Weird Ebay Sales: What Are People Trying to Sell Each Other?

Recently I wrote an article entitled, “Future Internet: Collaboration without loss of individuality: Example 1: Ebay”. Since then it has come to my attention that like all other areas of life the comedians and jokers have invaded and put their mark on this incredible new phenomenon. I am by no means against humour as I am a firm believer in the idea that laughter is the greatest medicine of all. If humanity just learned to laugh at ourselves a little bit more instead of taking everything in life so seriously, I think we could achieve both individual and social harmony much more quickly.


Certain eccentric as well as just plainly silly people have tried to sell anything from their own virginity (had to be a hoax) to the now infamous ‘ghost in a jar’. The ‘ghost in a jar’ sale was so popular that a whole slew of copycats have followed suit ranging from ‘ghost droppings’ to a ‘ghost in a bra’. The ‘What the heck’ site seems to have the most comprehensive list with items being categorised into: Fan favourites, People, Body parts and fluids, Animal Kingdom, Metaphysical Stuff, Face it you’re addicted to Ebay, Technology and accessories, Health and Beauty, Dirt, Water etc, Just plain evil, Gross, Weird inventions, and Stuff we’ve yet to categorise. One of my favourites is for the sale of Snow. Here’s what the seller had to say about the product:

“So far, we’ve got over a foot, and it’s still coming down. We really don’t need more than a few inches here, so we’re making the rest available to the highest bidder. Due to the perishable nature of snow, and because not even 4WD vehicles are having much luck on our local roads, the winning bidder must make arrangements for pickup. This snow doesn’t pack very well, so you’ll have to make your own packing arrangements as well. Note that I’m only offering the excess snow from our own property. If you need it, I may be able to arrange for you to get more. I’ll accept cash or money order for payment. If you clear a path from Interstate 40 to my house, I’ll discount your winning bid, charging only an amount equivalent to the eBay fee for the closing bid. Take our snow, please…”

I also laughed when I saw that drug-free urine, raccoon’s penis bones, the Internet (someone bid 1 billion dollars-it’s real worth would be priceless), nine used toothbrushes, dirt from the US civil War, a UFO Finder, a Russian sub (a real one!) and Absolutely Nothing were on sale. Here’s what the seller said about the latter:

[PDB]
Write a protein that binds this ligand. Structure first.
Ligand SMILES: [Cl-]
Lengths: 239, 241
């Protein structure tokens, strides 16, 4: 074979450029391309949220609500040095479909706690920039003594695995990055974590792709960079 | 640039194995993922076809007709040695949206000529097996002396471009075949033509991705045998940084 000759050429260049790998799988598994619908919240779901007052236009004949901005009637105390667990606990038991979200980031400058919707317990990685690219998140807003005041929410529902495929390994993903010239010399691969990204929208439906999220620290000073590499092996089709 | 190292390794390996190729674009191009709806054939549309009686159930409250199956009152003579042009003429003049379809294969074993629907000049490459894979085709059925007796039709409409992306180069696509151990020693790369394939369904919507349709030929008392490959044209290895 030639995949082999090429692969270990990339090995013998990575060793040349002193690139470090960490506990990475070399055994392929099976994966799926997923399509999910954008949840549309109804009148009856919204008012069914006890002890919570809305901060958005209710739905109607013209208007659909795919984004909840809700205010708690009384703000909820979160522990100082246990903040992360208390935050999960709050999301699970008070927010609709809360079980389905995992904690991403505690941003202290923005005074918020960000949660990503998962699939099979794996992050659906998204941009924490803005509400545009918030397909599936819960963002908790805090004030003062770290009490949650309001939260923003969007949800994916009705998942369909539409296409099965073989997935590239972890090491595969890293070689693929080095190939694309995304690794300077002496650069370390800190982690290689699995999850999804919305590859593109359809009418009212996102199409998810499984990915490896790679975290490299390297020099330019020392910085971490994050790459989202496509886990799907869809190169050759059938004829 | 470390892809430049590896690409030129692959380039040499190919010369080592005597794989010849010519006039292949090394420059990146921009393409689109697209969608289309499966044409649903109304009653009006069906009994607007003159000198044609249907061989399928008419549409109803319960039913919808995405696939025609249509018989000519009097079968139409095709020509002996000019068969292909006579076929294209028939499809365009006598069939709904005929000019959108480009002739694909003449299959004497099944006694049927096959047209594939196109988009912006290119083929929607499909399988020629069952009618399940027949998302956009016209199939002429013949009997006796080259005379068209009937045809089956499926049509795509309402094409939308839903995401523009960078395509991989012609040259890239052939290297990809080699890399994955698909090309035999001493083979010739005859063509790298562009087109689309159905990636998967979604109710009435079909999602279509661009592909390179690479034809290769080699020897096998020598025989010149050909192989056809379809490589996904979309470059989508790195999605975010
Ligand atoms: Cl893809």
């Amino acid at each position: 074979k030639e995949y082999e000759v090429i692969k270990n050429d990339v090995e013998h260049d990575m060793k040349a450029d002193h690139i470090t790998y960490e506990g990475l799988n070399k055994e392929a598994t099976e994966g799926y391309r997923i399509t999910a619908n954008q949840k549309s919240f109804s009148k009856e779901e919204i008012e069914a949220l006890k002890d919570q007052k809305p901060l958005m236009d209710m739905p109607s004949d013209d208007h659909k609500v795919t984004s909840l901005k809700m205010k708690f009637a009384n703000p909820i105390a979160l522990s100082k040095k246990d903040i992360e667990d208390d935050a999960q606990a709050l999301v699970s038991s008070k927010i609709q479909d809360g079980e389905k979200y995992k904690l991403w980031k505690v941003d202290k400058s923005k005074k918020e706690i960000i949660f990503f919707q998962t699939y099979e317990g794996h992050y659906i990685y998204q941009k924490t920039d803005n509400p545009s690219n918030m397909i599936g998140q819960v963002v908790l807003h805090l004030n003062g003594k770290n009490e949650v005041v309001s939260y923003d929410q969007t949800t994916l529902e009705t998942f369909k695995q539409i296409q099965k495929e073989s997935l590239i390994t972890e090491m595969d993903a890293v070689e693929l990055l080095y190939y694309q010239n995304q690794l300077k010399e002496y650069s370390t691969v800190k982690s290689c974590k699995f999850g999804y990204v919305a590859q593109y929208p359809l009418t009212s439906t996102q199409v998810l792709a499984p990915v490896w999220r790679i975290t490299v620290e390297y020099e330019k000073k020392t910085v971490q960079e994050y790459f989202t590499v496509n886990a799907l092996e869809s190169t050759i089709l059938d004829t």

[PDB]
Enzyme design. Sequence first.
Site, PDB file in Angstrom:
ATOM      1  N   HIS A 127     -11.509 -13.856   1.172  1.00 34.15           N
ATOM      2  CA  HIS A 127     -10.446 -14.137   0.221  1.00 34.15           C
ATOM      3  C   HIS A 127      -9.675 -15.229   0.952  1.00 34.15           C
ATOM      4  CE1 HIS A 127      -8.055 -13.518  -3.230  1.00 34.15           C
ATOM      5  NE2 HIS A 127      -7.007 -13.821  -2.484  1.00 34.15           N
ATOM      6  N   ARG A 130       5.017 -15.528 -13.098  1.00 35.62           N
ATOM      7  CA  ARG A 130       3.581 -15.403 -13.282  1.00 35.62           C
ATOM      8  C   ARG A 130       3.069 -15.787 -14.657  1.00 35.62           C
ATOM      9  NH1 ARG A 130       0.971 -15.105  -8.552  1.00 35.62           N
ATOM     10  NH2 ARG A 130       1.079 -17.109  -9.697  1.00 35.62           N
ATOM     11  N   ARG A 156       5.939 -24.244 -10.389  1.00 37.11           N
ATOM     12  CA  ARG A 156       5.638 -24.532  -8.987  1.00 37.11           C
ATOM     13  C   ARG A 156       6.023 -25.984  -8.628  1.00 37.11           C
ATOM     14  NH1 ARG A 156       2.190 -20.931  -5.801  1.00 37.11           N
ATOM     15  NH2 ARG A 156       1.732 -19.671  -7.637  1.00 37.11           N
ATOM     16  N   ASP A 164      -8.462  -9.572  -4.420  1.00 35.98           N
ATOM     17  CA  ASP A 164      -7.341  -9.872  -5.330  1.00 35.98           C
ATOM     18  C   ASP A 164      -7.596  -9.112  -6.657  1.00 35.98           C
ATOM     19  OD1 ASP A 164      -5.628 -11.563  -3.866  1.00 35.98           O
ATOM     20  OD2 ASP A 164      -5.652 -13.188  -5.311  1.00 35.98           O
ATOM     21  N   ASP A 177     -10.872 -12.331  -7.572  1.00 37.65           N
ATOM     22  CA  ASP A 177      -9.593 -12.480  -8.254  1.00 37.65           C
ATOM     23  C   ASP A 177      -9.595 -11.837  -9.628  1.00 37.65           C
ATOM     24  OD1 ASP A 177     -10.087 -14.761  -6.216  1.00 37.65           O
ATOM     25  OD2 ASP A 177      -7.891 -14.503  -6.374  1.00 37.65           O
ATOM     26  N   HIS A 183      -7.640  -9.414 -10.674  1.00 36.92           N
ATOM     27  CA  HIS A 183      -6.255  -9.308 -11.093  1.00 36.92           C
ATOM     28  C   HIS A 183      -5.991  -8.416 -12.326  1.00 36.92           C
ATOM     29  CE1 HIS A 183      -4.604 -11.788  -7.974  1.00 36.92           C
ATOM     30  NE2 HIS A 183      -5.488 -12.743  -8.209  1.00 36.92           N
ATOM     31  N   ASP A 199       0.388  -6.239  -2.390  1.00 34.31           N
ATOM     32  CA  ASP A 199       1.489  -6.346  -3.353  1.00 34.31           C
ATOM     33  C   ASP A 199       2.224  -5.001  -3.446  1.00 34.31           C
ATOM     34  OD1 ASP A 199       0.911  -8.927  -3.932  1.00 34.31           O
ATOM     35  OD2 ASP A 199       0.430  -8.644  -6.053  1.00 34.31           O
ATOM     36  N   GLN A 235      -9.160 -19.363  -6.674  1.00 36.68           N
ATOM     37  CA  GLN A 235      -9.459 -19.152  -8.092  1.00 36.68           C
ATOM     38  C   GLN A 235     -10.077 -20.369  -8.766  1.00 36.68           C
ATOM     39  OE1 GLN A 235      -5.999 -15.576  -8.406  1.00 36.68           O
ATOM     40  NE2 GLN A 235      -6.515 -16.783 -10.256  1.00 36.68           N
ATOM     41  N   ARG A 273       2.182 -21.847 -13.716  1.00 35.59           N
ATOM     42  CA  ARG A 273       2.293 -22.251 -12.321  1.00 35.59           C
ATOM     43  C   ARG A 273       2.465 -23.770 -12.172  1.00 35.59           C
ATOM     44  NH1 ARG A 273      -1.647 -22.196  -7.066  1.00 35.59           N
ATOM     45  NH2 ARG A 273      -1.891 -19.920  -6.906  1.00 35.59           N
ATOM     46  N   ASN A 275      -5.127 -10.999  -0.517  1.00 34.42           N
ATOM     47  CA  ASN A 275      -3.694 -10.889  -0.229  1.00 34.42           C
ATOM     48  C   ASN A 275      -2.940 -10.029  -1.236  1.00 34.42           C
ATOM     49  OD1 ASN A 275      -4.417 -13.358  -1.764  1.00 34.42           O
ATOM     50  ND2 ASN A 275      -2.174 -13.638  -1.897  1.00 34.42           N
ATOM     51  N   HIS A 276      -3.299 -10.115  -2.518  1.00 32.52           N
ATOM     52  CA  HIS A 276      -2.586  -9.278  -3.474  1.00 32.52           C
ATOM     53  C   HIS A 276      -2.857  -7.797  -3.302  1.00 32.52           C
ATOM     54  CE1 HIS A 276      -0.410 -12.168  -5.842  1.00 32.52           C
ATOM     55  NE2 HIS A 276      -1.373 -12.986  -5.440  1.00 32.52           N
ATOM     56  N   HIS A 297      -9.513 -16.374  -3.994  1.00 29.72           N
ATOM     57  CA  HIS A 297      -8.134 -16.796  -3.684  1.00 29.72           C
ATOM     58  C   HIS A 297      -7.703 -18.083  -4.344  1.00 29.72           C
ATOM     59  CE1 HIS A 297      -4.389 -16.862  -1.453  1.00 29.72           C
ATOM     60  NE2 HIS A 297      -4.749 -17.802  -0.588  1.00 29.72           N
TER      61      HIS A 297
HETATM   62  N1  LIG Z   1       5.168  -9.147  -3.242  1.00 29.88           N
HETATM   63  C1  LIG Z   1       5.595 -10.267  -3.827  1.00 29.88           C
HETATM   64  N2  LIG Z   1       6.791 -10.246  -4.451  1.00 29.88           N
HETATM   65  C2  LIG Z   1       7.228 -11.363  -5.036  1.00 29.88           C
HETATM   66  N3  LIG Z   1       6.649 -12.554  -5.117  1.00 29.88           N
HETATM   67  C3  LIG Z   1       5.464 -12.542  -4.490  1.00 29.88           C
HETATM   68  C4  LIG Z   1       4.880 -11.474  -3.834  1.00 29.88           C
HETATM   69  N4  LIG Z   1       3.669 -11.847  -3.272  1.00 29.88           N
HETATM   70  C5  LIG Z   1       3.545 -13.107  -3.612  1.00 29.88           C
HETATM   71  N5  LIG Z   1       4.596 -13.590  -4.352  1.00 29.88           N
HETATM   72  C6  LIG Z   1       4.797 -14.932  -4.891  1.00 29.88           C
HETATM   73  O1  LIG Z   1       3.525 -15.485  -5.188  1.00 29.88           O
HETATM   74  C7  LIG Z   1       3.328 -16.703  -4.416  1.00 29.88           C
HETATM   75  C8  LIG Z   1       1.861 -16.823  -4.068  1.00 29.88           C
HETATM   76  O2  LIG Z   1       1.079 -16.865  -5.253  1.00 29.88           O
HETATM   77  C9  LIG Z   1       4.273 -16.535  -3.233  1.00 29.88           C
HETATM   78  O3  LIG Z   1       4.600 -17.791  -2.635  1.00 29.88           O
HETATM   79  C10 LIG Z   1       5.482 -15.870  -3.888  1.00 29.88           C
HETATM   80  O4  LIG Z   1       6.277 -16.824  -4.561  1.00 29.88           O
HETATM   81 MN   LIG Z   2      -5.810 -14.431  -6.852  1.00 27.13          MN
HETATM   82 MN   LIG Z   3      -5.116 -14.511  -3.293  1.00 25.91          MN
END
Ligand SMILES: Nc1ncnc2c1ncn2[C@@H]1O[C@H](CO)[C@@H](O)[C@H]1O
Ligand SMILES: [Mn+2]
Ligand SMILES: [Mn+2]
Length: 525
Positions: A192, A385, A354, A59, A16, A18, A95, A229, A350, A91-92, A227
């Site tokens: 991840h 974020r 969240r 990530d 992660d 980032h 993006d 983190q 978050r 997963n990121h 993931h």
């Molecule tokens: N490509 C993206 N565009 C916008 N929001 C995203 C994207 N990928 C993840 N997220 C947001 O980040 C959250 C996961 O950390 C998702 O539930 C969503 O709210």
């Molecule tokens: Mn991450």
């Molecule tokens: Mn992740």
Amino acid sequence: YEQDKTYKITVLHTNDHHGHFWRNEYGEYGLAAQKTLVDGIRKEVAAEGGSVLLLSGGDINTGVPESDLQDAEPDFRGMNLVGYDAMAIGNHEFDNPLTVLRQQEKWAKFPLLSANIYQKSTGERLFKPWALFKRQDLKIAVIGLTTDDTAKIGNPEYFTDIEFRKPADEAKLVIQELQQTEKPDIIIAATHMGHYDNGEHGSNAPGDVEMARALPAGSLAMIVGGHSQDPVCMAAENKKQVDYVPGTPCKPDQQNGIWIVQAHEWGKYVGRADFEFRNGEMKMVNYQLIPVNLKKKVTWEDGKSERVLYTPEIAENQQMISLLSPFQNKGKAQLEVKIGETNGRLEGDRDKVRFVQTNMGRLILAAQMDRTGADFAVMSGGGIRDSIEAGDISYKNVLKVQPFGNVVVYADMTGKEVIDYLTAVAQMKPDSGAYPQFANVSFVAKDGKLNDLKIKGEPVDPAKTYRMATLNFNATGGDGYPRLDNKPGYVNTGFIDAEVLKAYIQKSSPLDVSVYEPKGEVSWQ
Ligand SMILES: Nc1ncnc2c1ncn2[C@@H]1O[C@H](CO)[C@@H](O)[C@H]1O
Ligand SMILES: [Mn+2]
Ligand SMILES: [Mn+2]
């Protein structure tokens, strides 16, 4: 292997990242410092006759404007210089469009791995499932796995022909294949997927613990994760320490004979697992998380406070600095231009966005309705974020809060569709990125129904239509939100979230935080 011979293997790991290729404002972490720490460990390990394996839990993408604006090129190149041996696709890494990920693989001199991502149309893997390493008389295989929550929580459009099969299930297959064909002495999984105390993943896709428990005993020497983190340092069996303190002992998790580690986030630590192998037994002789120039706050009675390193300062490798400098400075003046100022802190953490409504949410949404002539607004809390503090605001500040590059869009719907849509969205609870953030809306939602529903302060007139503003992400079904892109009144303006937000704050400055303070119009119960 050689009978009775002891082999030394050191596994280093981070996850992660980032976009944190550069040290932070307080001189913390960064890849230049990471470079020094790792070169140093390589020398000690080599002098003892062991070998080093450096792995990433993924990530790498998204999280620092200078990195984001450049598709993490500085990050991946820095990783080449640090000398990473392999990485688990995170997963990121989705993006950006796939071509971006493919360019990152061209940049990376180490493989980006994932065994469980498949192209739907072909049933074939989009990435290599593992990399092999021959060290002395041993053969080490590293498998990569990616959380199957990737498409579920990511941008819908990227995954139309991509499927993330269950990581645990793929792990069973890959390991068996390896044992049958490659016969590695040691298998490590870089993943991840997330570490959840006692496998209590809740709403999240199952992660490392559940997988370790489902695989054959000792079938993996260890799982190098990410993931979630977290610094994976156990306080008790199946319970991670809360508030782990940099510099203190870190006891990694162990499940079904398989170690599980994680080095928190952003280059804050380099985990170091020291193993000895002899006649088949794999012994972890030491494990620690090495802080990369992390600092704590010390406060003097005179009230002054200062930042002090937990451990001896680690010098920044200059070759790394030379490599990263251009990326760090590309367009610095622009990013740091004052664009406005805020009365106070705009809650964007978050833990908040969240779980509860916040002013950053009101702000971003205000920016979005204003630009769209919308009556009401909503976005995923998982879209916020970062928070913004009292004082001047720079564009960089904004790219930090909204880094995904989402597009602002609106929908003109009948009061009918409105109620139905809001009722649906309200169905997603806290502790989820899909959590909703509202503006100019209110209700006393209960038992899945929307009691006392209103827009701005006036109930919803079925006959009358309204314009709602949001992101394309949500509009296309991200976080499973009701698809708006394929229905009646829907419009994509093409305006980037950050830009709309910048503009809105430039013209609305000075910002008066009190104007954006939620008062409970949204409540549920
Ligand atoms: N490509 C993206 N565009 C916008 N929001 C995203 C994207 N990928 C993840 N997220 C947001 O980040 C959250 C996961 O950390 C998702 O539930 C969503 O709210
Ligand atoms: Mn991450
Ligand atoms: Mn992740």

“ABSOLUTELY NOTHING for sale, zero, zilch, nada. NO RESERVE on this vastly under appreciated commodity. Why suffer the disappointment of shelling out big bucks on junk you don’t want, can’t afford, and don’t need, when, for a small fee, you can completely bypass the disappointment! You expect nothing, and that’s precisely what you will get. I’m hoping I can build up a regular clientele for absolutely nothing, because finding nothing is much easier to acquire than most of the other items I sell. And shipping costs are minimal, because, well, nothing weighs nothing. And it’s very cheap for me to buy, as it costs me nothing. So forget about those Beamers, those houses in the suburbs, those electronic gadgets, those fashionable clothes that are outdated before you leave the store; THEY won’t bring you happiness, NOTHING will! The ancient Chinese Sage advised us that less is more. Therefore, NOTHING is most. Here is your chance to FINALLY get exactly what you’ve always deserved! Bid with confidence, because I guarantee NOTHING! Aren’t you weary of everyone whining that they can’t find NOTHING to buy? Well, here it is, ladies and gentlemen, step right up and mail me your dollars, I have an unlimited supply of what you really need most in your life, but were never quite sure how to acquire it. You could pay hundreds, thousands, even tens of thousands of dollars for the same thing from any one of a hundred political organizations, religious groups, or federally mandated taxing organizations, and not get one single thing that I’m not providing for a nominal fee of a $1.00 bid. And don’t despair if you get sniped out at the last minute this week, I’ll have a fresh supply available next week as well. Item is guaranteed to be exactly as described. California residents please add 8.25% sales tax.”